opendir and friends, in Perl 6 there is a single
dir subroutine, returning a list of the files in a specified directory, defaulting to the current directory. A piece of code speaks a thousand words (some result lines are line-wrapped for better readability):
# in the Rakudo source directory > dir build parrot_install Makefile VERSION parrot docs Configure.pl README dynext t src tools CREDITS LICENSE Test.pm > dir 't' 00-parrot 02-embed spec harness 01-sanity pmc spectest.data
dir has also an optional named parameter
test, used to grep the results
> dir 'src/core', test => any(/^C/, /^P/) Parcel.pm Cool.pm Parameter.pm Code.pm Complex.pm CallFrame.pm Positional.pm Capture.pm Pair.pm Cool-num.pm Callable.pm Cool-str.pm
Directories are created with
mkdir, as in
The easiest way to read a file in Perl 6 is using
slurp returns the contents of a file, as a String,
> slurp 'VERSION' 2010.11
The good, old way of using filehandles is of course still available
> my $fh = open 'CREDITS' IO()<0x1105a068> > $fh.getc # reads a single character = > $fh.get # reads a single line pod > $fh.close; $fh = open 'new', :w # open for writing IO()<0x10f3e704> > $fh.print('foo') Bool::True > $fh.say('bar') Bool::True > $fh.close; say slurp('new') foobar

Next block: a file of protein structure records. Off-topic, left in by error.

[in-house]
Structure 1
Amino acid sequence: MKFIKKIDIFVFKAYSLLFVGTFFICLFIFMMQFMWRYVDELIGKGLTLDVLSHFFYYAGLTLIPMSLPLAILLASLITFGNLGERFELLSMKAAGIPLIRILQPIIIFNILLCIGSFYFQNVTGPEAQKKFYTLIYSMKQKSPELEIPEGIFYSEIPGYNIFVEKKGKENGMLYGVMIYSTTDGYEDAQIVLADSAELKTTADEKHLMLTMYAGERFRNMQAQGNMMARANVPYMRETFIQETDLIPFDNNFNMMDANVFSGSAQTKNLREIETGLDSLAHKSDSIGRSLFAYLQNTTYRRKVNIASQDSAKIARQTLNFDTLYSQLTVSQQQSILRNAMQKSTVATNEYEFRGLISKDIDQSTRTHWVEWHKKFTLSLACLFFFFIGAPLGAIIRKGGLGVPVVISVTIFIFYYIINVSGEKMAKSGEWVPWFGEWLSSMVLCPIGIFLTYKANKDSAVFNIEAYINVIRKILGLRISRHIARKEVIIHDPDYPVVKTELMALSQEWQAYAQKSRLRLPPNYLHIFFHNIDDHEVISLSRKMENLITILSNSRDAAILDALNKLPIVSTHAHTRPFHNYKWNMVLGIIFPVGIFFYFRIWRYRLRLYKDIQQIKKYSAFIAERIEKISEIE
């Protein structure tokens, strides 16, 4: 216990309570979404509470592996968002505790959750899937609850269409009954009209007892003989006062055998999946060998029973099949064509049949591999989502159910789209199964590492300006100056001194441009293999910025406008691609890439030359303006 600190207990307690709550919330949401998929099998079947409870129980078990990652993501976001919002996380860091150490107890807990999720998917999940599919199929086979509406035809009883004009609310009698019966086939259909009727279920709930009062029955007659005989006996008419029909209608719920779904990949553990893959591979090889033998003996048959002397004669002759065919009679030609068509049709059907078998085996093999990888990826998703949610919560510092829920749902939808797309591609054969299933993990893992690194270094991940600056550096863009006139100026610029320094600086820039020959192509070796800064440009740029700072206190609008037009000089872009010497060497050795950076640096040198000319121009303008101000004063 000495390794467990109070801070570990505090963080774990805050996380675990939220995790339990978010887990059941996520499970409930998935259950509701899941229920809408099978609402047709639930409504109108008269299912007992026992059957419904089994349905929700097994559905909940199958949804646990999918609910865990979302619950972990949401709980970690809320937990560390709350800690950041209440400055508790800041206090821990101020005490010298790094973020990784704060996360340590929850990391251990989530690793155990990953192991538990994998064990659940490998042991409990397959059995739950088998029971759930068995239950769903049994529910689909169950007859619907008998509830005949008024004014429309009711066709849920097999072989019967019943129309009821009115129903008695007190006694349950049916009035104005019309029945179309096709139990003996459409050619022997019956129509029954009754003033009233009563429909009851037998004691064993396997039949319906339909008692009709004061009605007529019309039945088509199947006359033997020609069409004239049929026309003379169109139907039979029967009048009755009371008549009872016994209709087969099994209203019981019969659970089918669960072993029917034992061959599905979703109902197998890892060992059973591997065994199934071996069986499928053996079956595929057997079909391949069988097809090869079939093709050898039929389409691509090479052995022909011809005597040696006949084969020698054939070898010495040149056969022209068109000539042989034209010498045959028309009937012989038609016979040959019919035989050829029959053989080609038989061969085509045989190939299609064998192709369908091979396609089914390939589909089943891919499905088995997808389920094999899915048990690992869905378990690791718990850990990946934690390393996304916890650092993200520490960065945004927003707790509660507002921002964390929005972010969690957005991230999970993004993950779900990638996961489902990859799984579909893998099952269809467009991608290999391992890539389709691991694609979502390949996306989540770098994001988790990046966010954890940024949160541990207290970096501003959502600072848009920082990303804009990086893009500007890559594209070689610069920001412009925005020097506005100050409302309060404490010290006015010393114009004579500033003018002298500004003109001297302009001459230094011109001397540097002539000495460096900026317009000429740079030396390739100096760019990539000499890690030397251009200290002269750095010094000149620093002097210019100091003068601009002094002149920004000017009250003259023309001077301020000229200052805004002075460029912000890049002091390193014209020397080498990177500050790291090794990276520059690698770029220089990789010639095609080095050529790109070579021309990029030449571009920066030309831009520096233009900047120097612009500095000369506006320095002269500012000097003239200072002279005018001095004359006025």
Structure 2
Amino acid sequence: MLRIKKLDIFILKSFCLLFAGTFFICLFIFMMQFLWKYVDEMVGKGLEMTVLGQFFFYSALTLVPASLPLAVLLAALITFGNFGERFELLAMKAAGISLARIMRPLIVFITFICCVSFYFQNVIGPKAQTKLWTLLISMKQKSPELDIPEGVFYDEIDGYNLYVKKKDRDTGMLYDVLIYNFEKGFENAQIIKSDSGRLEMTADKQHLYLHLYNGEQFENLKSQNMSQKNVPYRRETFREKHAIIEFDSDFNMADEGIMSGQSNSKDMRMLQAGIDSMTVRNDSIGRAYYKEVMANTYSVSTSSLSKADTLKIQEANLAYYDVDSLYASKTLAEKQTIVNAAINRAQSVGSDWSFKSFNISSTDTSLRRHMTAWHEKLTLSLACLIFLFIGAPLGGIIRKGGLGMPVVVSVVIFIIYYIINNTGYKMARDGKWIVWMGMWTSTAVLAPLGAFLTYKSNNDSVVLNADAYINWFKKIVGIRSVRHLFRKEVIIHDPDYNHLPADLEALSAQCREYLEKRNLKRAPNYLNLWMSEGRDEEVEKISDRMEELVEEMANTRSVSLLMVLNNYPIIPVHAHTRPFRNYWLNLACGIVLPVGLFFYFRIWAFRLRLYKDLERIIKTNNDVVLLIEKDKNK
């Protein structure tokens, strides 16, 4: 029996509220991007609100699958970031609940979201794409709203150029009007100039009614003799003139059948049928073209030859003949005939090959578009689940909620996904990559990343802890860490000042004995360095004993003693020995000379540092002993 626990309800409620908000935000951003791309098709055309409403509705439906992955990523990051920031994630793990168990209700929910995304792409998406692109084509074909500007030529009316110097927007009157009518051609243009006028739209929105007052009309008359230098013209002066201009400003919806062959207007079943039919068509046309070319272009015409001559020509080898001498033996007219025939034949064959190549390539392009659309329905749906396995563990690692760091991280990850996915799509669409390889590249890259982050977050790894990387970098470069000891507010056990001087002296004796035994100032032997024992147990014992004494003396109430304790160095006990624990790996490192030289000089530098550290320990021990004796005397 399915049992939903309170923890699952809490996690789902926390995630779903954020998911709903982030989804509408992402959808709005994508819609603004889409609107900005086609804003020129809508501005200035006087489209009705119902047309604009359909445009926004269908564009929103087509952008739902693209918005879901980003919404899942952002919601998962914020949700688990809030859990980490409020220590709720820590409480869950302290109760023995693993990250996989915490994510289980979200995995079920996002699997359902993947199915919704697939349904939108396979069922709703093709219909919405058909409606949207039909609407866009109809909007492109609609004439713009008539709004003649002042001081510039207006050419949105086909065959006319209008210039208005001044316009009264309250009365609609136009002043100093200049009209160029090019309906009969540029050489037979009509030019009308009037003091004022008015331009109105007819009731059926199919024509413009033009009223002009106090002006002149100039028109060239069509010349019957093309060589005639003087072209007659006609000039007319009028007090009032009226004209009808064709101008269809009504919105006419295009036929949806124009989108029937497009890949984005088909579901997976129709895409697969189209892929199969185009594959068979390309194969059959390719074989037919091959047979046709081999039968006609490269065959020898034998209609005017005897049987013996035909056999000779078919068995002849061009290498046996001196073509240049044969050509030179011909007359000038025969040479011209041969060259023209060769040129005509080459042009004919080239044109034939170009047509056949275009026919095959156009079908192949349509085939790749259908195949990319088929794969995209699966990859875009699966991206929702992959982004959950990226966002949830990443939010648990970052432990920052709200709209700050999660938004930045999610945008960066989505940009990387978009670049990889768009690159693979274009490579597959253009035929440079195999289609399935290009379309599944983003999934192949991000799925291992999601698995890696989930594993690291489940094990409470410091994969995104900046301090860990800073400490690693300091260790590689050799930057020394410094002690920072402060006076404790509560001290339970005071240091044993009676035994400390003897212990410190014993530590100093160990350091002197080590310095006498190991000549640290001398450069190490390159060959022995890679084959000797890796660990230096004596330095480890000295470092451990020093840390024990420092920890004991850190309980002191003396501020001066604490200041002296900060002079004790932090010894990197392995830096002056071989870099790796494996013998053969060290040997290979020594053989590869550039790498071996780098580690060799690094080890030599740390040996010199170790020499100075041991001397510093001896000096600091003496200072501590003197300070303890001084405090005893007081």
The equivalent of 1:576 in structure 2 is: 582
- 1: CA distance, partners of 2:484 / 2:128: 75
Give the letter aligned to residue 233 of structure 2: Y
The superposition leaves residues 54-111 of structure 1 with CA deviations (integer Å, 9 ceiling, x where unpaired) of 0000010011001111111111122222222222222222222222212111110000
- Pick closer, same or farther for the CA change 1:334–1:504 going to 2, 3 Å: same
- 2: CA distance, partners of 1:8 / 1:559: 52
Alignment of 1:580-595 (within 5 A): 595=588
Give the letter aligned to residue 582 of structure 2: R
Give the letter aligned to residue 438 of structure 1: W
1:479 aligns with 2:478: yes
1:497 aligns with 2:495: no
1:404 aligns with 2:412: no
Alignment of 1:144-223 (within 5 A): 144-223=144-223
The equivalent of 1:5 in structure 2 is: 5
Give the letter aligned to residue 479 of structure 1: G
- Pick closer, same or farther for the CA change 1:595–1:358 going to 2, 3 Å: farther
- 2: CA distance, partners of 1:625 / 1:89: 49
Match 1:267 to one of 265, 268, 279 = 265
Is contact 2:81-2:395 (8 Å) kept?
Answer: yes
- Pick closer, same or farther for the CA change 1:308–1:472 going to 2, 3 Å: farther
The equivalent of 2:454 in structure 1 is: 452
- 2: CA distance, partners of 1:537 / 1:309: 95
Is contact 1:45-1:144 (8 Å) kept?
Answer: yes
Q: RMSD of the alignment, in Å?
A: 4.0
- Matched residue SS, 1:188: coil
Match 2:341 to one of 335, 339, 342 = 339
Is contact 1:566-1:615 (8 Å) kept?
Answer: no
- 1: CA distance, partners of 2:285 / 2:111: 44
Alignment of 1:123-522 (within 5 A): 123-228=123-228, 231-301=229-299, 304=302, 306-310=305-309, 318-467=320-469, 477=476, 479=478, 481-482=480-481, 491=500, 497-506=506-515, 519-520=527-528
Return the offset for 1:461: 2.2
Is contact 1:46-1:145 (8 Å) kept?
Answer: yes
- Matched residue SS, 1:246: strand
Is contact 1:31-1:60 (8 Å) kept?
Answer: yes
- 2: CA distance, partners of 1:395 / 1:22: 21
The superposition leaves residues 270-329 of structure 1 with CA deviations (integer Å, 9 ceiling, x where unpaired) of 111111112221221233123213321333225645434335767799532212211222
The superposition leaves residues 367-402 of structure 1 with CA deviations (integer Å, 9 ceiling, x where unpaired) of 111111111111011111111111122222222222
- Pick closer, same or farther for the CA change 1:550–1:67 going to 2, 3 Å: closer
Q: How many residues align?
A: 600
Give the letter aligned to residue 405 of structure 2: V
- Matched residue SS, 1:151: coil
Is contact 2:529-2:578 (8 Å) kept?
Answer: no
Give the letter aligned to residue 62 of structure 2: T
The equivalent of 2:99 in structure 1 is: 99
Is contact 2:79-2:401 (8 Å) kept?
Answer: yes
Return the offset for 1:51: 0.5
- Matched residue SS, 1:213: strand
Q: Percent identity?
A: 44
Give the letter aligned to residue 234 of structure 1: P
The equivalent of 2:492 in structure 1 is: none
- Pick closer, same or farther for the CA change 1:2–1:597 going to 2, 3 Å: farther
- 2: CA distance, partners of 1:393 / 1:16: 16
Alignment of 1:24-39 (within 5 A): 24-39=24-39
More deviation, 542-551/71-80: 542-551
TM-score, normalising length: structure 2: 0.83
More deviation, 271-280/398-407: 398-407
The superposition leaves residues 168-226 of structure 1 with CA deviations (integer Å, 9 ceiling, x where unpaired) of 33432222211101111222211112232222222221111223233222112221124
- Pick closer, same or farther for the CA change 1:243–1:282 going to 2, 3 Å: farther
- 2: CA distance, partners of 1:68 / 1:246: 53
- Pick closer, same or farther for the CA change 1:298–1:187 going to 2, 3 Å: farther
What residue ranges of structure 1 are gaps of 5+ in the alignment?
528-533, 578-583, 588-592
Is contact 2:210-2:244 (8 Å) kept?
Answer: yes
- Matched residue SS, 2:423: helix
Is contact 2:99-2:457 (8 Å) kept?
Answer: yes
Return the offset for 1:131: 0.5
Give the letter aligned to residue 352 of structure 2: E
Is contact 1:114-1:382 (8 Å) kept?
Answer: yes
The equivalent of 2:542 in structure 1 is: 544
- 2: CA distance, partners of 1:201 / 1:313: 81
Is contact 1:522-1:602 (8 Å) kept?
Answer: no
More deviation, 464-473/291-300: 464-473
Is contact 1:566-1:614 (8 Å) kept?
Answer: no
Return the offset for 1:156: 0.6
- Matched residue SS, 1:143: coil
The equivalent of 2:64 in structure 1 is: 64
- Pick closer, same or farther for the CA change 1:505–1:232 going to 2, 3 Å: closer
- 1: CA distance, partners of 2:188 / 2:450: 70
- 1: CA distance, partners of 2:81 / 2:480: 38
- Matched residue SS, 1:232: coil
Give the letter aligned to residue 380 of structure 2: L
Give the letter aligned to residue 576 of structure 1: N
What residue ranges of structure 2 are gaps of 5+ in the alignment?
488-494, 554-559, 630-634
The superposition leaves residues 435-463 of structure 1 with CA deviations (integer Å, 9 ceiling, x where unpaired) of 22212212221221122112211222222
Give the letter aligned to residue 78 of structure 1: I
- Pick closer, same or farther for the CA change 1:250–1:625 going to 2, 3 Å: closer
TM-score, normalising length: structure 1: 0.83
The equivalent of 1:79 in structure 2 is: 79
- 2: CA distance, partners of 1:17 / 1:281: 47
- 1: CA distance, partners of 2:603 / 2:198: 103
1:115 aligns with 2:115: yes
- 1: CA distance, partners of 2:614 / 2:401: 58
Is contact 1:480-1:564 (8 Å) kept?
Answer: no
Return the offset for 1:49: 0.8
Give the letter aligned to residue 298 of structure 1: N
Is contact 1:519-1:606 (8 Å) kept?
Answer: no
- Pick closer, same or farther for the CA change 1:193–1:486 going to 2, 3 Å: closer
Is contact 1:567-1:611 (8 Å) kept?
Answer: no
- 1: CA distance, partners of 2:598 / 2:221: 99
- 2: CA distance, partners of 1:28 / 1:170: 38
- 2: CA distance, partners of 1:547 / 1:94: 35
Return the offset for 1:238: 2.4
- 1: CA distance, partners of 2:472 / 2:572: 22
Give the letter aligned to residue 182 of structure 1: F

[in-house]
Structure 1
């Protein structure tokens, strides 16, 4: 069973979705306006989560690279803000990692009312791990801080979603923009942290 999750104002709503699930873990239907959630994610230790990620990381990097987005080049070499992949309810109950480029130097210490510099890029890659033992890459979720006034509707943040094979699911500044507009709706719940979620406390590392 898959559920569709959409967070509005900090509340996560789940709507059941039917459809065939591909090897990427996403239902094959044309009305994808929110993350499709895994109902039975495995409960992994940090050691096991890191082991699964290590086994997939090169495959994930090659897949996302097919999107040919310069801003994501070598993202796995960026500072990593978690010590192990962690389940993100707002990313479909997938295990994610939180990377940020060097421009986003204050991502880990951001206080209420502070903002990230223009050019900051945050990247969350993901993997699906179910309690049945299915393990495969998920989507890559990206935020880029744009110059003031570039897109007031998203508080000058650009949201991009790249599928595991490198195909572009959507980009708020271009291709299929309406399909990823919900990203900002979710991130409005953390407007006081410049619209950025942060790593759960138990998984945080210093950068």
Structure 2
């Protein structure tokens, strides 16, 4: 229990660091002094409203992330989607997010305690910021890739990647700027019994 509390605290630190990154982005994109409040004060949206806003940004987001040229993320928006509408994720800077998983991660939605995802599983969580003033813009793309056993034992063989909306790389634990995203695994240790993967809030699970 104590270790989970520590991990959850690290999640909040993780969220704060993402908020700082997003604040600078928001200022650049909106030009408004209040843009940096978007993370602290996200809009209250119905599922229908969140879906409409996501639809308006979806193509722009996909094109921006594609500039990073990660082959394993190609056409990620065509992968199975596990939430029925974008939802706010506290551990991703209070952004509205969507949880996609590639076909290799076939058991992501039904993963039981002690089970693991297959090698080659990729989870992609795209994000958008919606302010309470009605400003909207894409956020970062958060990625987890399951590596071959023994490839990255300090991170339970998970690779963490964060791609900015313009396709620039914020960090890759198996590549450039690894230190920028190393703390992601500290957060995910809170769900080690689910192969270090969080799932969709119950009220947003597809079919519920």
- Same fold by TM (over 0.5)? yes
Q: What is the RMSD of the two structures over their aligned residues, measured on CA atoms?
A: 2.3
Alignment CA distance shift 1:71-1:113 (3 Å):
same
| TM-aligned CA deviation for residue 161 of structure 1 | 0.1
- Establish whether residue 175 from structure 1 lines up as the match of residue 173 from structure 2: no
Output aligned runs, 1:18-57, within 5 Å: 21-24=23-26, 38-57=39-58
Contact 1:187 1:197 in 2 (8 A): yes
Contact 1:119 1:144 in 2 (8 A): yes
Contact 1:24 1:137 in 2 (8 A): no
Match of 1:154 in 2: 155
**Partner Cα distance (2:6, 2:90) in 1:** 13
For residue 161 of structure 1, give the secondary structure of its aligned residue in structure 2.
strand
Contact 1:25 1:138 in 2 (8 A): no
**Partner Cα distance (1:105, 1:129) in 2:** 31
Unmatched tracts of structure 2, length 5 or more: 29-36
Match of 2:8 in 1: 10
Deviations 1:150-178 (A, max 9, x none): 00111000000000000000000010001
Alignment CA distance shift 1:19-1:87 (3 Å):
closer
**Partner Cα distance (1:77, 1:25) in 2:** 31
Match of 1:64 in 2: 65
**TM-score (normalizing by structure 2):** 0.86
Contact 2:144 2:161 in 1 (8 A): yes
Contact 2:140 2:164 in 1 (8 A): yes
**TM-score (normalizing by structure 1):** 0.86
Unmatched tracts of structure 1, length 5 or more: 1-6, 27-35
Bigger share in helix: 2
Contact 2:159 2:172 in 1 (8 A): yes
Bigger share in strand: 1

Testing the existence and types of files is done with smartmatching (~~). Again, the code:
> 'LICENSE'.IO ~~ :e # does the file exist? Bool::True > 'LICENSE'.IO ~~ :d # is it a directory? Bool::False > 'LICENSE'.IO ~~ :f # a file then? Bool::True
When the standard features are not enough, modules come in handy. File::Find (available in the
File::Tools package) traverses the directory tree looking for the files you need, and generates a lazy lists of the found ones. File::Find comes shipped with Rakudo Star, and can be easily installed with neutro if you have just a bare Rakudo.
Example usage? Sure.
find(:dir<t/dir1>, :type<file>, :name(/foo/)) will generate a lazy list of files (and files only) in a directory named t/dir1 and with a name matching the regex
/foo/. Notice how the elements of a list are not just plain strings: they’re objects which strinigify to the full path, but also provide accessors for the directory they’re in (
dir) and the filename itself (
name). For more info please refer to the documentation.